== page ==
My answer to How come a 70 year old has never had a mid-life crisis?
Answer by Ken Larson:
I am at that age and found I was simply too busy after I had decided what to do in retirement. In my view that is key to avoiding what you have questioned.
Retirement is a matter of personal responsibilities, invention and re-invention.
If one aspires to simply maintain one's material life style, retain responsibility for those close to us and relax as objectives, that is one form of retirement – I would call it maintenance.
Many of course cannot undertake a maintenance retirement due to the economic events of recent years, family responsibilities involving their children and their children or aging parents. The must continue to generate an income but must adjust to advancing age and find new ways to generate revenue. I hear form countless individuals who are seeking to go into business for themselves on-line or in the home as a way to achieve that end.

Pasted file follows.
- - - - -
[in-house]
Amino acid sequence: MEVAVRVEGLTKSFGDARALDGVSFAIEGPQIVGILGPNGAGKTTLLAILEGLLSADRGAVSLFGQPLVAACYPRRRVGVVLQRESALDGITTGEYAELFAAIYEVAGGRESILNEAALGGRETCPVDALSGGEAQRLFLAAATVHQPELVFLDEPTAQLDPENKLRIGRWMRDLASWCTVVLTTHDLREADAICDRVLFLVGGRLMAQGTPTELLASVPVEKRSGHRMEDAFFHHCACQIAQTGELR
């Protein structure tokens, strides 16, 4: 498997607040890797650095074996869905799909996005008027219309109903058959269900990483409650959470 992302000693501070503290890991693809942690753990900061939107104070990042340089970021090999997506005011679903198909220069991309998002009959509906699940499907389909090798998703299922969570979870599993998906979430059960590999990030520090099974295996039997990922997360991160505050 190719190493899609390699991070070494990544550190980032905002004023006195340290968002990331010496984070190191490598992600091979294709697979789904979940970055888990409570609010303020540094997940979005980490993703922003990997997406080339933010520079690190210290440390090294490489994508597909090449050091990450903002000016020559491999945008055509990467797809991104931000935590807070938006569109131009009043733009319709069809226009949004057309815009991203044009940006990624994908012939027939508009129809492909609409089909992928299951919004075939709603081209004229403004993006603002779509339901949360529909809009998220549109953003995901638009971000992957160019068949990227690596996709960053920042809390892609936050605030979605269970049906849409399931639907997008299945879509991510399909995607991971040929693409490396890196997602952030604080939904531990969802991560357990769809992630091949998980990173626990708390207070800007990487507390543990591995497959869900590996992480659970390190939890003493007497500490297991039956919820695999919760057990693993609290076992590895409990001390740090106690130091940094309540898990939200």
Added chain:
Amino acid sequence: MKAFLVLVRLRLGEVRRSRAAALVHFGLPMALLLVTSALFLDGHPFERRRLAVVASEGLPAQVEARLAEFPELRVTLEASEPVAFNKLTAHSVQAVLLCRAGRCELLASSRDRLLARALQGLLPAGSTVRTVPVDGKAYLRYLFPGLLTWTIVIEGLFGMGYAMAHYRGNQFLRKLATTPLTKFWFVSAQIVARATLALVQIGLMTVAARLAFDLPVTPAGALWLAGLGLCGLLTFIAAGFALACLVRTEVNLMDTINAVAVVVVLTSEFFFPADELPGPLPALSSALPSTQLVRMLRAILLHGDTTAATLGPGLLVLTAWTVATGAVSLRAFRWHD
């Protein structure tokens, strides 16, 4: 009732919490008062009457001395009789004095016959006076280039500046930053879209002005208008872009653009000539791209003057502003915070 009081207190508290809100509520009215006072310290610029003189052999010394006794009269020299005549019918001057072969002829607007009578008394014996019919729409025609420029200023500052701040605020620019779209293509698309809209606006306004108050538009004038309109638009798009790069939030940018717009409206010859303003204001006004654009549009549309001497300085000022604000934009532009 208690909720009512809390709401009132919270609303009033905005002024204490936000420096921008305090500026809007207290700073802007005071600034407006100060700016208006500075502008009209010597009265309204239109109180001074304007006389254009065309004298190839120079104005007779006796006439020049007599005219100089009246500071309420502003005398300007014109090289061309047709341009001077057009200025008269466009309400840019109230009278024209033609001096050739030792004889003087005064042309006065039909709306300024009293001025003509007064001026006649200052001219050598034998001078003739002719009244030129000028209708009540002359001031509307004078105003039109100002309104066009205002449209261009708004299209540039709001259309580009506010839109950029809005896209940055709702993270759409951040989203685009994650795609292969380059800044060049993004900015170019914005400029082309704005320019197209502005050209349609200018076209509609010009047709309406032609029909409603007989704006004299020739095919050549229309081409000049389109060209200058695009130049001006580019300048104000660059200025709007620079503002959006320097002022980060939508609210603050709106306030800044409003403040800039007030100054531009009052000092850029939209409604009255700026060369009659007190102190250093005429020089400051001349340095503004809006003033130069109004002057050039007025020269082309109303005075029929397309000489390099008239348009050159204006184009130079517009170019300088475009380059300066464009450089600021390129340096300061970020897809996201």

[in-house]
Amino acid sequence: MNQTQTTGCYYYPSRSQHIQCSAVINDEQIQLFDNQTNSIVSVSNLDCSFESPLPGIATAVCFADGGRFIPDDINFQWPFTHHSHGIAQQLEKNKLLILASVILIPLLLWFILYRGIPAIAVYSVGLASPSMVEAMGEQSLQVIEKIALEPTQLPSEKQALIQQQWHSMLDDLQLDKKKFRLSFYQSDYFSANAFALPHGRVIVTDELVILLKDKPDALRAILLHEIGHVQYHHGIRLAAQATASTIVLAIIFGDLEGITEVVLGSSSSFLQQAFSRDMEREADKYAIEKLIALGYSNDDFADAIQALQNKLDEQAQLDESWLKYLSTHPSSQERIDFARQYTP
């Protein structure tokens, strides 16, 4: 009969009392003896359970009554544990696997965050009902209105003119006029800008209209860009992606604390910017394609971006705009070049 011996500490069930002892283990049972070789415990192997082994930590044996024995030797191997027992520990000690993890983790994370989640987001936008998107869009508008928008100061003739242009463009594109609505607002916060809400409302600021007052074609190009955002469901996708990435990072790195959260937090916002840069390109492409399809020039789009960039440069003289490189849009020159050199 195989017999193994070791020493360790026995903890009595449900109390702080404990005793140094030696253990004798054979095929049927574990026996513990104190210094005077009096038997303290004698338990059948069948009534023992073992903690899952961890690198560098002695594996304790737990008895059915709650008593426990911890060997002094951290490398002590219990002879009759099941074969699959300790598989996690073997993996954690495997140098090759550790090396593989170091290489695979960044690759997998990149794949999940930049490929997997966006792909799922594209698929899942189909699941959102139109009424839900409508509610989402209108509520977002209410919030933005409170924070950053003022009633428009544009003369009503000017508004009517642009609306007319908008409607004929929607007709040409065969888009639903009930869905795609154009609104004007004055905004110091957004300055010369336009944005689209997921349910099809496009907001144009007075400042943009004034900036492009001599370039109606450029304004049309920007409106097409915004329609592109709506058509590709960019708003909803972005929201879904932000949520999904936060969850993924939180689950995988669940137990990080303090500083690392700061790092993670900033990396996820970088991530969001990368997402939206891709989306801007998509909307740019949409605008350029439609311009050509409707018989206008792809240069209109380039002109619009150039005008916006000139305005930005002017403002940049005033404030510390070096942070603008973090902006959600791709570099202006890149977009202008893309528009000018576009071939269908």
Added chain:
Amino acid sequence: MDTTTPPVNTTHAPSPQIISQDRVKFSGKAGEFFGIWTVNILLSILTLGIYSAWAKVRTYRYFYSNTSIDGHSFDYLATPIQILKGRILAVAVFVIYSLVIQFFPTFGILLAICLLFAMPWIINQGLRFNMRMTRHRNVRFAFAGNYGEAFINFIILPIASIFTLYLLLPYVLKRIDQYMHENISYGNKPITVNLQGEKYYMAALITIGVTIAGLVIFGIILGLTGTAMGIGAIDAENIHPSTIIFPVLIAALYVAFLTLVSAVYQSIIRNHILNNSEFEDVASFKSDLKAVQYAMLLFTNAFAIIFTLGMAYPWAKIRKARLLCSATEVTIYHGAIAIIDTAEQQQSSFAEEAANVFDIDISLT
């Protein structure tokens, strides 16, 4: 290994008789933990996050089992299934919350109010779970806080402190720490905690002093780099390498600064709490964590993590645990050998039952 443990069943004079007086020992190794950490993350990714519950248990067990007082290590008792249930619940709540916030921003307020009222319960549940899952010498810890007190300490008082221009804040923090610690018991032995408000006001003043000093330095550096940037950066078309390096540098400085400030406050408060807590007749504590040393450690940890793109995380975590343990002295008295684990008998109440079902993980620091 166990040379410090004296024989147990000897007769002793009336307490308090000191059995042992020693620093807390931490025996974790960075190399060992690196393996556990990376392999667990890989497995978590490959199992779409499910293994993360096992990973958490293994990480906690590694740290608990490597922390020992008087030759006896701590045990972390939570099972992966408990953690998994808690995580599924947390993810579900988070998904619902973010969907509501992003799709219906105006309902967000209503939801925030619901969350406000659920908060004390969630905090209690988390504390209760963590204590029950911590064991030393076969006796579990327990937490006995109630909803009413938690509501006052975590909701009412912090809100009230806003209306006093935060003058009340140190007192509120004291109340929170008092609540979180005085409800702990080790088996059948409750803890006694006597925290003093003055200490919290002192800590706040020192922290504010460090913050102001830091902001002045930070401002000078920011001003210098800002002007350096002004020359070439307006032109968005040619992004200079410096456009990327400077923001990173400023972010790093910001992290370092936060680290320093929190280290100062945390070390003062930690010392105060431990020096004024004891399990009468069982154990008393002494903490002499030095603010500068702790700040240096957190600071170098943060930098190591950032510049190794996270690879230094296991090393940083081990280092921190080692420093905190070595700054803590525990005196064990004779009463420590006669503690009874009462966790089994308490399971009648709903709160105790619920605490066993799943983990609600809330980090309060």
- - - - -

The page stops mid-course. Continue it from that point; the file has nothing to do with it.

Given reasonably good health and and reasonably free responsibility environment, most find the retirement rather boring after a time and seek continued professional growth. In fact it has been espoused that such a lethargic existence can be hazardous to our health.
Balance is the key in my view – Balancing age with wisdom, lifestyle with responsibility and available means; a new professional endeavor, volunteer work, recreation, the arts, – that which gives meaning to continued existence.
If the need to generate revenue is a prominent factor, care must be taken in assessing risk to health and fortune by investing too much in effort or treasure. That is where the balance comes in.
We will all retire in some form. We have no choice. What we invent or re-invent along the way to make the most of it is our personal challenge.